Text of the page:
"It was seven months ago that federal agents with guns drawn raided the Gibson guitar factories in Nashville and Memphis. A half million dollars worth of Indian rosewood and ebony was seized under the premise that it had been imported illegally. The feds also took a number of guitars and computer hard drives. The factory was shut down for the day and employees told to go home.

Yet after all this time, the Department of Justice has shown no sign that it will file criminal charges against Gibson. What’s more – it has been almost 3 years since federal agents first raided Gibson (November 2009), seizing a quantity of wood from Madagascar. No decision on criminal charges in that case either."
"Gibson Guitar Corporation has agreed to pay $350,000 in penalties to settle federal charges that it illegally imported ebony Madagascar to use for fret boards, ending a criminal investigation that had drawn fire from conservatives as an example of over-reaching by the government, the Justice Department announced on Monday."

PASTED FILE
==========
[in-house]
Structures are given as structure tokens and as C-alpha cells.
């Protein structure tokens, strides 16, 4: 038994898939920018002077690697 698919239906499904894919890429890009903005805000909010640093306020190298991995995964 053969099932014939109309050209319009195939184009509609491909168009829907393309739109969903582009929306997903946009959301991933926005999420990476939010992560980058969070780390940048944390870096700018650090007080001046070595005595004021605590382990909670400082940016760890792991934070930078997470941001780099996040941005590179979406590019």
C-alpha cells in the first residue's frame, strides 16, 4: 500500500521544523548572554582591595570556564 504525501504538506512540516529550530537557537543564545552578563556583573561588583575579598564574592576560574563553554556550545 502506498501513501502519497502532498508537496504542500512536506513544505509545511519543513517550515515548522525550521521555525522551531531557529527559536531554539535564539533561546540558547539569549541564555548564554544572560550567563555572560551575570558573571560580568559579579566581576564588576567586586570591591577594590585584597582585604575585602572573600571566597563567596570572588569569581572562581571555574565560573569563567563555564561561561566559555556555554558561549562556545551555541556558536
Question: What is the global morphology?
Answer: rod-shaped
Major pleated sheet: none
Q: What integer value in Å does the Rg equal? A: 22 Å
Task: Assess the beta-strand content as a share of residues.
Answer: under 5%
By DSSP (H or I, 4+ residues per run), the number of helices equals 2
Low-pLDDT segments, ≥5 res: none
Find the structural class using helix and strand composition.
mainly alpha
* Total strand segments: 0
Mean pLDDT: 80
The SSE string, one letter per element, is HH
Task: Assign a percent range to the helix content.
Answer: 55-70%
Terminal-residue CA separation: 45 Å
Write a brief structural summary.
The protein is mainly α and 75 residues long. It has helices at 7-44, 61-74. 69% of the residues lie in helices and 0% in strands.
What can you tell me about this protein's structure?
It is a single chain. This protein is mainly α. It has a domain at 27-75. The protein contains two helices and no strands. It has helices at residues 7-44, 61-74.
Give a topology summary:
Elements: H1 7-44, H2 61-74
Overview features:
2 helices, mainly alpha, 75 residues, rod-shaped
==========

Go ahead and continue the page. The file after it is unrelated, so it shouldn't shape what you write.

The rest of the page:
Sometimes it is much easier and cheaper to settle than to drag it on for years and pay millions in legal fees. The government has an unlimited supply of money from taxpayers to win in court. Gangsters in Chicago used to make individuals and businesses pay for "protection" or else. You pay and you are left alone for a while.

If Gibson shipped their manufacturing to China, would you blame them?

Rationally Speaking

Try to buy MADE IN AMERICA. Not even the auto industry has a vehicle totally made in the US. Parts from Mexico and Canada. I would prefer to support a company in the US which manufactures its products in the US entirely.


And after GMs contract is up with KBI you will have to suffer with Chinese made wheel bearings and hubs too.


I love Walmart. Go there every chance I get.